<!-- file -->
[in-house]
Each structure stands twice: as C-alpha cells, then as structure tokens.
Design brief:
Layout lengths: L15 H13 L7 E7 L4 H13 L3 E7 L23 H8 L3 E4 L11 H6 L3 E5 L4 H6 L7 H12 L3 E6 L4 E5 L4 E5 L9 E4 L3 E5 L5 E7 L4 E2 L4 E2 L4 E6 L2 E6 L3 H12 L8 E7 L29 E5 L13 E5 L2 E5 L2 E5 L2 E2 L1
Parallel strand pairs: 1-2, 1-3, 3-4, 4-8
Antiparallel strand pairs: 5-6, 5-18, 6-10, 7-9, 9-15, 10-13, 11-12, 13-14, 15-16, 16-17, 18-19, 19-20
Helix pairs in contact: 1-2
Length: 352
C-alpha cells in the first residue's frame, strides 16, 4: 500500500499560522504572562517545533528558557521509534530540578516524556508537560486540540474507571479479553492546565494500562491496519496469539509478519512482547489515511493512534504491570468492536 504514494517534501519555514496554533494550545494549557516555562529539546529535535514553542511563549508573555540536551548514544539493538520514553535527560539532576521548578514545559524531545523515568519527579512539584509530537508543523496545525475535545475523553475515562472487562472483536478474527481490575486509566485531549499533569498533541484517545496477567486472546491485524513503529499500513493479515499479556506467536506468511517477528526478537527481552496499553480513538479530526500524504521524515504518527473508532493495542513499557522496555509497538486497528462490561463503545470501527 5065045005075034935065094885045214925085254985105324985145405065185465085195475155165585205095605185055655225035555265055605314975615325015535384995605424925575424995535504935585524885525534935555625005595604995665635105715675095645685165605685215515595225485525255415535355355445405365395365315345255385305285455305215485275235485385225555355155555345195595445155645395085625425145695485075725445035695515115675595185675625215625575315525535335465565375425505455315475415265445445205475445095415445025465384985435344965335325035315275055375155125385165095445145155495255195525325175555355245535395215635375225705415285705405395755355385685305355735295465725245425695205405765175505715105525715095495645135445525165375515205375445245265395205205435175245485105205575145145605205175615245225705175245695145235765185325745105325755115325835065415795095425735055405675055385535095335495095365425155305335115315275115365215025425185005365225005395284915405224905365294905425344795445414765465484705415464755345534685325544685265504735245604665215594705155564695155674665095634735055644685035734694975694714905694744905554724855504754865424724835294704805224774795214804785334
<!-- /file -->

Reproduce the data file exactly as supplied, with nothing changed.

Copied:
[in-house]
Each structure stands twice: as C-alpha cells, then as structure tokens.
Design brief:
Layout lengths: L15 H13 L7 E7 L4 H13 L3 E7 L23 H8 L3 E4 L11 H6 L3 E5 L4 H6 L7 H12 L3 E6 L4 E5 L4 E5 L9 E4 L3 E5 L5 E7 L4 E2 L4 E2 L4 E6 L2 E6 L3 H12 L8 E7 L29 E5 L13 E5 L2 E5 L2 E5 L2 E2 L1
Parallel strand pairs: 1-2, 1-3, 3-4, 4-8
Antiparallel strand pairs: 5-6, 5-18, 6-10, 7-9, 9-15, 10-13, 11-12, 13-14, 15-16, 16-17, 18-19, 19-20
Helix pairs in contact: 1-2
Length: 352
C-alpha cells in the first residue's frame, strides 16, 4: 500500500499560522504572562517545533528558557521509534530540578516524556508537560486540540474507571479479553492546565494500562491496519496469539509478519512482547489515511493512534504491570468492536 504514494517534501519555514496554533494550545494549557516555562529539546529535535514553542511563549508573555540536551548514544539493538520514553535527560539532576521548578514545559524531545523515568519527579512539584509530537508543523496545525475535545475523553475515562472487562472483536478474527481490575486509566485531549499533569498533541484517545496477567486472546491485524513503529499500513493479515499479556506467536506468511517477528526478537527481552496499553480513538479530526500524504521524515504518527473508532493495542513499557522496555509497538486497528462490561463503545470501527 5065045005075034935065094885045214925085254985105324985145405065185465085195475155165585205095605185055655225035555265055605314975615325015535384995605424925575424995535504935585524885525534935555625005595604995665635105715675095645685165605685215515595225485525255415535355355445405365395365315345255385305285455305215485275235485385225555355155555345195595445155645395085625425145695485075725445035695515115675595185675625215625575315525535335465565375425505455315475415265445445205475445095415445025465384985435344965335325035315275055375155125385165095445145155495255195525325175555355245535395215635375225705415285705405395755355385685305355735295465725245425695205405765175505715105525715095495645135445525165375515205375445245265395205205435175245485105205575145145605205175615245225705175245695145235765185325745105325755115325835065415795095425735055405675055385535095335495095365425155305335115315275115365215025425185005365225005395284915405224905365294905425344795445414765465484705415464755345534685325544685265504735245604665215594705155564695155674665095634735055644685035734694975694714905694744905554724855504754865424724835294704805224774795214804785334